Syrian Children Play War Games with Toy Guns and Rifles: When We Grow Up, We Want to Be Mujahideen
In a Syrian adaptation of cops and robbers, children take to the streets of their neighborhood during Eid Al-Adha with toy guns, "in an effort to imitate the mujahideen in their real battles with the criminal regime." Osama, whose father was killed in battle, says: "This game is preparation and training for when we grow up and become mujahideen ourselves." The children carry out infiltrations, assaults, and raids, capturing "prisoners" and taking "booty." The report was posted online by the Ebaa News Network, which is affiliated with Hay'at Tahrir Al-Sham (HTS), on August 24, 2018.
The following are excerpts:
Narrator: "Infiltration, assault, and raids – this is what these two groups of children are doing during the blessed days of Eid Al-Adha. These battles and clashes are waged in the neighborhoods and public parks, in an effort to imitate the mujahideen in their real battles with the criminal (Syrian) regime."
Child 1: "When we grow up and become mujahideen ourselves, we will fight the regime, take over some regions, and help the mujahideen."
Narrator: "The boy over here is Osama, whose father was martyred in the battles over Al-Sahel. He prepares his weapon, gathers his group, and gives them instructions about how to attack and be steadfast in battle."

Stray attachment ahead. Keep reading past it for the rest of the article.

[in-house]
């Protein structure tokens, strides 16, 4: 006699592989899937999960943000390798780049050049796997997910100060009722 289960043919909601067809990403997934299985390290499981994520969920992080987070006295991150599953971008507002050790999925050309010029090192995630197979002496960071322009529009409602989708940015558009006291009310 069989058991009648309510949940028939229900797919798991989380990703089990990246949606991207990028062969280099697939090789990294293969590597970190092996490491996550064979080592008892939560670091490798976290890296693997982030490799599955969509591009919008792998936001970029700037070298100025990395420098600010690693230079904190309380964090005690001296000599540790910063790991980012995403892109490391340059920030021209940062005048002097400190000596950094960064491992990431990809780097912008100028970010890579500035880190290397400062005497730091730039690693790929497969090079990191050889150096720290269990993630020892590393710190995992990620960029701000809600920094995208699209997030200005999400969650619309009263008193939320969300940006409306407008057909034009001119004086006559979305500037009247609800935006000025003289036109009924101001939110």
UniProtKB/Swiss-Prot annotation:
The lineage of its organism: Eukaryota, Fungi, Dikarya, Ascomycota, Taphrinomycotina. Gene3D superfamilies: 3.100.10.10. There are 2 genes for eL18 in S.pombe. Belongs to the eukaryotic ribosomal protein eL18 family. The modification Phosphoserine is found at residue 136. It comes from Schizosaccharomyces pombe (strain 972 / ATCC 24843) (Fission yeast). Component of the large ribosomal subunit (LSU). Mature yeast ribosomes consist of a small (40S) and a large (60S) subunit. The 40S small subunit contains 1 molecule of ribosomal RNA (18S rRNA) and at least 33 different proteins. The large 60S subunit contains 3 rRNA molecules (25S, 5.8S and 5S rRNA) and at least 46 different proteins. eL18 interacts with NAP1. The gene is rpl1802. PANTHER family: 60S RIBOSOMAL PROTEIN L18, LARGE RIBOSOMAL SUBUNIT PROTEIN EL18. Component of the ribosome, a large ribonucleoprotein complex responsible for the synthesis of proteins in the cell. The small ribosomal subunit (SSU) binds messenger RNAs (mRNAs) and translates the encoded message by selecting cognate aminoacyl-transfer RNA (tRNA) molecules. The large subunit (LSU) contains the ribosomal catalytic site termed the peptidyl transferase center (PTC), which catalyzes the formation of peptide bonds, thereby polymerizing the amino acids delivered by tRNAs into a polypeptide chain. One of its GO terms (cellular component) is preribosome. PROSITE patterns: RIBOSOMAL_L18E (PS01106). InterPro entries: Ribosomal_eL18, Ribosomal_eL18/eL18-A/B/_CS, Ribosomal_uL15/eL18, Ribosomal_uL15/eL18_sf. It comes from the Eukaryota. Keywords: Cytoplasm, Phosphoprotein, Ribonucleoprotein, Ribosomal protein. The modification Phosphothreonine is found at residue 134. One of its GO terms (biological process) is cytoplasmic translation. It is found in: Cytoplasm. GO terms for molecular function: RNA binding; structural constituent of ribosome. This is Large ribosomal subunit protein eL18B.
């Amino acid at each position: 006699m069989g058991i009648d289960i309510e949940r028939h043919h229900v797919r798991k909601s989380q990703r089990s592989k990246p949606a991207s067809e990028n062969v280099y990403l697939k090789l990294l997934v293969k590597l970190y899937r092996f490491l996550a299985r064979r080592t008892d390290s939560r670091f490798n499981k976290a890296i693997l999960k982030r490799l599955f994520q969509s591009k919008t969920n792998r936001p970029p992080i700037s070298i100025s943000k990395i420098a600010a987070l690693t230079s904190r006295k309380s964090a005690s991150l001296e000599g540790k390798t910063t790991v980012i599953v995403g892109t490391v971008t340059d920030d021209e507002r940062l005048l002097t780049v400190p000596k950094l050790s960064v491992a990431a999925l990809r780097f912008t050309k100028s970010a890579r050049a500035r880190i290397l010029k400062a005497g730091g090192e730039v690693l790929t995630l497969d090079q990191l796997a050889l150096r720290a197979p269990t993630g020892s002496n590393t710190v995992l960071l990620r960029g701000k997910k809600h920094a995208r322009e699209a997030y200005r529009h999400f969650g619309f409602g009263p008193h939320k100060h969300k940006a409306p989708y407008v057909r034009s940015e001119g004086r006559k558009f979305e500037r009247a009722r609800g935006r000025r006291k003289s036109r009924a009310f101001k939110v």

Child 2: "Whatever happens, Allah willing, we will win. My role in this game was that of team leader. I like playing this game because my father was martyred in battle, while defending the honor of the Muslims."
Narrator: "This game is preparation and training for when we grow up and become mujahideen ourselves."
Child 3: "Say: 'Allah Akbar!'"
Children: "'Allah Akbar!'"
Narrator: "The battles continue from dawn to dusk, with a multitude of weapons of various kinds – ranging from BB guns to water and electric rifles."
Child 4: "Allah be praised, we played this game, and we took weapons and ammunition as booty. We took prisoners and found out where their headquarters are."
Child 5: "We play this game every day during the holidays. Sometimes we win, and sometimes we lose. We carry out attacks, and we take booty. Allah willing, we'll play this game every holiday."
Narrator: "These children have abandoned the games of their peers in order to be like the grown-ups. They all hope to become mujahideen in the future, to wage real battles in real life, and to liberate the land and protect the servants of Allah."